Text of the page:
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Using OpenSSL from Python with python-cffi

Introduction

A few weeks ago I stumbled across a thread on hacker news that referenced the Matasano Cyrpto Challenge. I find myself unable to resist this type of problem so I decided to make an attempt. It teaches you to find vulnerabilities in crypto systems by starting with simple attacks and building up to more complex ones. Early on in the project it has you start breaking ecryption that uses the AES cypher in ECB mode. It specifically asks you not to implement the cypher yourself but to use a known-correct implementation like OpenSSL.

I tend to try to solve programming challenges in python, because the coding goes much more quickly. I checked the pyOpenSSL docs (which I have used before) to determine the call for encryption in ECB mode. Unfortunately, pyOpenSSL only exposes a small subset of the OpenSSL api, mostly relating to certificates, so it was a non-starter.

Scripting to the Rescue

It wasn't the first time I had to deal with a lack of features in pyOpenSSL, and, hey, python is a scripting language, right? A few minutes later I had a version that implemented the calls by shelling out to the openssl binary:

import subprocess
import tempfile

def _encrypt_decrypt_ecb_shell(data, key, decrypt):
    infile = tempfile.mktemp()
    with open(infile, "wb") as f:
        f.write(data)
    outfile = tempfile.mktemp()
    cmd = ['openssl', 'enc']
    if decrypt:
        cmd.append('-d')
    cmd += ['-aes-128-ecb',
            '-nopad',
            '-in', infile,
            '-out', outfile,
            '-K', key.encode("hex")]
    subprocess.Popen(cmd).wait()
    with open(outfile) as f:
        result = f.read()
    return result

def encrypt_ecb_shell(data, key):
    return _encrypt_decrypt_ecb_shell(data, key, False)

def decrypt_ecb_shell(data, key):
    return _encrypt_decrypt_ecb_shell(data, key, True)

This code is pretty straightforward and simple and got me through the first few exercises, but somewhere in the second set I needed to predictively decrypt a string many thousands of times. The overhead of shelling out meant multiple minutes to break the encryption.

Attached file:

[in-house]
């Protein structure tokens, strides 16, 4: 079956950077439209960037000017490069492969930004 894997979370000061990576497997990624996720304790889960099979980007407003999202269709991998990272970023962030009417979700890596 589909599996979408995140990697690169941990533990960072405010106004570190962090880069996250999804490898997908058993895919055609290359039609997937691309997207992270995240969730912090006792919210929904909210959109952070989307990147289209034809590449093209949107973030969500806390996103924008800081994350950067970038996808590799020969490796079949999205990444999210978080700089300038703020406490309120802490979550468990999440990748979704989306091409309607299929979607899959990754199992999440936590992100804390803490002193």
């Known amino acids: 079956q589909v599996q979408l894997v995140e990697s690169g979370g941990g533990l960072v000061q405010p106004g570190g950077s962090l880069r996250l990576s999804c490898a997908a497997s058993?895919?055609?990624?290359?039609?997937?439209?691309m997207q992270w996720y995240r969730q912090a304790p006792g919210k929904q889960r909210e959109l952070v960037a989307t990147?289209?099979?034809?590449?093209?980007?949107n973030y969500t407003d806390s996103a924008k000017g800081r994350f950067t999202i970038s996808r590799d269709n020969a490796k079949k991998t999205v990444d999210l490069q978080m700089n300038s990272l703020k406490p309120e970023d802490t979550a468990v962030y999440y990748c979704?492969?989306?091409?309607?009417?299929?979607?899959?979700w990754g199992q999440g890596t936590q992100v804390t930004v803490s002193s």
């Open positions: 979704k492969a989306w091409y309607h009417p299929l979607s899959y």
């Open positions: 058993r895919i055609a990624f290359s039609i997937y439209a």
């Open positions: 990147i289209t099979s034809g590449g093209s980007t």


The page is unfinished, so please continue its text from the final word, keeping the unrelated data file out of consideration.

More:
A Better Option

It is likely that one of the other libraries like pycrypto supports aes in ecb mode, but I like to treat roadblocks as an opportunity to experiment with unfamiliar technologies.

In one of my previous PyPy investigations I had come across a library called cffi which purports to be an easier way to interface with c code than using ctypes. You can even directly embed c in your python! I suspected that a few lines of code would give me a version that directly calls the evp encryption code the openssl c library.

Including research and experimentation, the implementation took a couple of hours and resulted in a couple dozen lines of code. Read on for an explanation.

Explanation

First we import the module and construct the cffi object:

import cffi

_FFI = cffi.FFI()

Next we define the functions we want to be able to call from python. We could directly define functions contained in libraries, but the EVP code requires multiple calls. To avoid round-trips from c to python we are going to encapsulate them in our own functions:

_FFI.cdef("""
int encrypt_ecb(unsigned char * input, unsigned char * output,
                unsigned char * key, int len);

int decrypt_ecb(unsigned char * input, unsigned char * output,
                unsigned char * key, int len);
""")